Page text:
The Twitter Reading Community At Its Best: how a small question to Penguin Books resulted in life-changing reading results

“I have always imagined that Paradise will be a kind of library.”
~ Borges

The internet generally, and social media platforms in particular, can sometimes be rather treacherous places. But overall, I like to think that they are mostly friendly community places where we can share common interests with both people we know, and people we have never met. Last week, as a result of a spur of the moment Tweet, I was delighted to be proved absolutely right in this view when something very unexpected and rather wonderful happened.

I happened to notice on Twitter that Penguin Books were inviting people to ask them for reading recommendations. On a whim, I posted the following Tweet:


The aforementioned friend has been trying for ages to get into reading. I had furnished her with lots of recommendations. But nothing seemed to be working. Why not, I thought, see if Penguin can help?

Sure enough, they replied with a very interesting recommendation:


A few others also made suggestions, which was both unexpected and nice. And a trickle of replies quickly turned into something of a deluge. To my amazement, I received an incredible range of recommendations from nearly 200 people!!!

I have put together this resulting book list, which makes for fascinating reading in itself. Many of the books here are not ones which I would have thought of for a first-time reader. Several people went for The Hobbit for example – not a book I would have picked. But that’s the beauty of diverse input. Everyone has a different and equally valid perspective. There are also plenty of excellent titles which I read and enjoyed ages ago and had completely forgotten about.

Perhaps most important of all though is that my friend has had a lovely time sifting through all the suggestions and feels inspired to take the reading plunge. She has now joined all us regular readers in the formulation of a To Be Read list. Surely an important step forward in any reading life!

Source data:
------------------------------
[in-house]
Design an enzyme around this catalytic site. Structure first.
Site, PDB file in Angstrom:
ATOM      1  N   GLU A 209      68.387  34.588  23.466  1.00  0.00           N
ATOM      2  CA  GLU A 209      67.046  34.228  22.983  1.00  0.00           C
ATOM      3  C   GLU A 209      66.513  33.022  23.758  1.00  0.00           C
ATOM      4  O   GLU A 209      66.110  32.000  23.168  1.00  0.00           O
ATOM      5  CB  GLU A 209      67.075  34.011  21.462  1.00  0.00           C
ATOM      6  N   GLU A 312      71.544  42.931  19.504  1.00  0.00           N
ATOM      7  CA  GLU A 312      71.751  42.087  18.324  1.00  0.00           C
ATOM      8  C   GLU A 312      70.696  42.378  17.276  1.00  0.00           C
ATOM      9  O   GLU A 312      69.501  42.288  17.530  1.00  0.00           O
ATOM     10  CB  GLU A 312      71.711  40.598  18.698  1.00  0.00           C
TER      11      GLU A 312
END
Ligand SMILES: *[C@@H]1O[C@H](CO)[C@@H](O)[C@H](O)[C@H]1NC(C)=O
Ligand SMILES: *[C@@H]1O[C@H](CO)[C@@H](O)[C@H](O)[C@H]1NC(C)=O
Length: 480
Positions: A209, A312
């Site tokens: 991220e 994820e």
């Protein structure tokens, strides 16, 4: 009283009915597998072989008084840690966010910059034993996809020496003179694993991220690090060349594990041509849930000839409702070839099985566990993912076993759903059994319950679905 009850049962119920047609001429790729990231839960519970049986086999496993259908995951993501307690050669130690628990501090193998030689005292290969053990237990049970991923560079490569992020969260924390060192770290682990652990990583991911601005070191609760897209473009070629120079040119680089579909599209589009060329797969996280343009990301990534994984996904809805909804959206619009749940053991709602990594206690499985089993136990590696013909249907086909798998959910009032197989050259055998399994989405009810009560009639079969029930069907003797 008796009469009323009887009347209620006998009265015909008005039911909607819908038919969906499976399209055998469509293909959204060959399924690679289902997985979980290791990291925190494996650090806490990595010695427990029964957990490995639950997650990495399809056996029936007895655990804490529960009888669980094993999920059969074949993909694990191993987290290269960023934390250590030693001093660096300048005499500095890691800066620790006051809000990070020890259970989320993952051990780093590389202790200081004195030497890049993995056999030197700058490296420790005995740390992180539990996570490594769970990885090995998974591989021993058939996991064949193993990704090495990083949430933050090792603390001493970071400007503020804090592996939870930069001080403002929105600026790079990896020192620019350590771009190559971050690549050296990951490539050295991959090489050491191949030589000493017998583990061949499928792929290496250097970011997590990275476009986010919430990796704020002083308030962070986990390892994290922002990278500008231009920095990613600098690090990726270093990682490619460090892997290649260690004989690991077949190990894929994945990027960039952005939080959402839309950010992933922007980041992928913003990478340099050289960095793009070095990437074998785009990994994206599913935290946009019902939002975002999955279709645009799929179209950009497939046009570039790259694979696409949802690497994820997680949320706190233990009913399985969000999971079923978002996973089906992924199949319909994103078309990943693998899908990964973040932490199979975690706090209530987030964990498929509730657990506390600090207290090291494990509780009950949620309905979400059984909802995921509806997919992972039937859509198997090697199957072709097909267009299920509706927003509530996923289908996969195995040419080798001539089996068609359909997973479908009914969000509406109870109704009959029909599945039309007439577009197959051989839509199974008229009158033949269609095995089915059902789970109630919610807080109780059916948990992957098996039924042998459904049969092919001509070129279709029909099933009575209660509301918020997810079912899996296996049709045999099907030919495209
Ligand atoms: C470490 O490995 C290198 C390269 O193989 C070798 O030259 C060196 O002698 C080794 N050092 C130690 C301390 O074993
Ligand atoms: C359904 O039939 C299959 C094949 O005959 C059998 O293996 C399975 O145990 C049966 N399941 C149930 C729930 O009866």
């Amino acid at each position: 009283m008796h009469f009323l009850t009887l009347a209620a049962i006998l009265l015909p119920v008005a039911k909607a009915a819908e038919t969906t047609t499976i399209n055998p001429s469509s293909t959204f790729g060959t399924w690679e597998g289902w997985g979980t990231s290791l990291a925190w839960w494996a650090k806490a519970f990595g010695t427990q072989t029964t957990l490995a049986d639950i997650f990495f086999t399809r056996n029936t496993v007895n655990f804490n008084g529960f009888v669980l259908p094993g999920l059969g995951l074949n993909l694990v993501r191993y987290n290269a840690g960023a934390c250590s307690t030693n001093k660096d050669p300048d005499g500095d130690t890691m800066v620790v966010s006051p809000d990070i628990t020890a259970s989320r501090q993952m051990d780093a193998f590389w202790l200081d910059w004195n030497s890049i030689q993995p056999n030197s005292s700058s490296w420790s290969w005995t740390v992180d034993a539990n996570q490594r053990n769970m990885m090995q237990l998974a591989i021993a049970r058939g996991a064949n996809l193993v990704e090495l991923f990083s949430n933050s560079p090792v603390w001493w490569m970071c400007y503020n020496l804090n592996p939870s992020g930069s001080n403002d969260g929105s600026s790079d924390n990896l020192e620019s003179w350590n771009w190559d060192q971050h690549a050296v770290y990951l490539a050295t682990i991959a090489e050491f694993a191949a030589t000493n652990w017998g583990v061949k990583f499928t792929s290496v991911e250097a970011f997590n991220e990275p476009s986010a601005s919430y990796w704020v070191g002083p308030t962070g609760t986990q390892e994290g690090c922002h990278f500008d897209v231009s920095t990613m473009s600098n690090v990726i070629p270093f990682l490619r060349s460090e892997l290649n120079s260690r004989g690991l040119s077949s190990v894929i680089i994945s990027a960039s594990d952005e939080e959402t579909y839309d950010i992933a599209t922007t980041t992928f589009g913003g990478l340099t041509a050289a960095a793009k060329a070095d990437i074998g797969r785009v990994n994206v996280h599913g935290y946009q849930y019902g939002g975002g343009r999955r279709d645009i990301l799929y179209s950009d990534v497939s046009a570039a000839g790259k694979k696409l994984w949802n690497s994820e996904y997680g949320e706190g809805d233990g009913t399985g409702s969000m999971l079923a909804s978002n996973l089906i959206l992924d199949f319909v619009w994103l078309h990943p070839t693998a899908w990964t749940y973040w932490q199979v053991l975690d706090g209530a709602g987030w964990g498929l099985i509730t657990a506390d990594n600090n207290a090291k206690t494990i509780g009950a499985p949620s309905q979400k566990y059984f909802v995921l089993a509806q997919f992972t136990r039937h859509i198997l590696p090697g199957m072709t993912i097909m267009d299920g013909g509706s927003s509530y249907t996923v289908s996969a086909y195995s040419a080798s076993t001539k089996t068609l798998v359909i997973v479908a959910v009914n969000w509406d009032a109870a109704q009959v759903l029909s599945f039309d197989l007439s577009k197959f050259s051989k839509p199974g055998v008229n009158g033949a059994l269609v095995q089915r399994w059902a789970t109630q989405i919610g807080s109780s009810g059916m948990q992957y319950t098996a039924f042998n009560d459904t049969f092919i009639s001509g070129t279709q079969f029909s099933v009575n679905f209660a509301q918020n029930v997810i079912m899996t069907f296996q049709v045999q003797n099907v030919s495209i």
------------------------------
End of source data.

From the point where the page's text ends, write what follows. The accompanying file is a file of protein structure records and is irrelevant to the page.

Her top picks for starters are:

  • The Curious Incident of the Dog in the Night Time, by Mark Haddon;
  • Eleanor Oliphant is Completely Fine, by Gaile Honeyman;
  • The Uncommon Reader, by Alan Bennett;
  • Skipping Christmas, by John Grisham.

I have read the first three of these and I think it is a great list.

She has also found all the Twitter replies helpful in identifying types of books to consider. Several people recommended thinking about one’s interests and finding related books. My friend is really keen on travel and we agreed that finding novels set in places she would like to visit sounds perfect. I can relate to this. I love Paris (who doesn’t?!) and always enjoy novels which include something Parisienne. I am really looking forward to reading Sebastian Faulks’ new novel, Paris Echo when it arrives from the library.

So let me say a big thank you to Penguin Books and all those lovely folks who took the trouble to let me have their thoughts and suggestions. And it doesn’t have to end there. Which title would you recommend? I am happy to keep adding to the list….. πŸ˜€πŸ“š

β€œA book is a dream that you hold in your hand.”
~ Neil Gaiman


100 Days of Creativity: it’s a wrap!

On 13 June 2018, I embarked somewhat rashly, or so it seemed at the time, on an art project that would last 100 consecutive days. I committed myself to producing and publishing a piece of digital art each day.

Writing about it at that time, I wondered whether I would be able to complete the project. I spoke rather modestly about creating ‘doodles’. Β But overall, I was hoping that it would work, because I had long wished to create a daily art habit.

Well, I did it folks! On 20 September, I published for the 100th day in a row, producing a total of 107 images (on some days, I built up a head of steam and published more than one picture).


Fireworks marking the 100th day of my project


It has been an amazing journey. I learned so much about creating images, making improved use of my digital art tools, and perhaps most importantly, my own style as an artist.

I’ll be reflecting further on what the project has taught me in future posts. But for now, I would like to say a huge thank you to everyone who has supported me all through this project. Whether you have joined me via instagram, facebook or this blog, it has meant the world to me to have all the likes and comments. I’ve really enjoyed sharing my art with everyone, and having such warm and positive feedback to spur me on each day.



So what’s next? First, I have arranged for all the images created for the project to be publicly available. I hope people will enjoy using the artwork for cards, wallpaper, blog posts or any other personal endeavour. You can read more about this, and find links to my new Flickr account here. Feel free to have a browse through the pictures – do you have any favourites? I’d love to know.

And for the future, I will continue to create images for free personal use. I will probably give myself a few days off, but watch this space for possible sightings of some spooky Halloween images! πŸŽƒ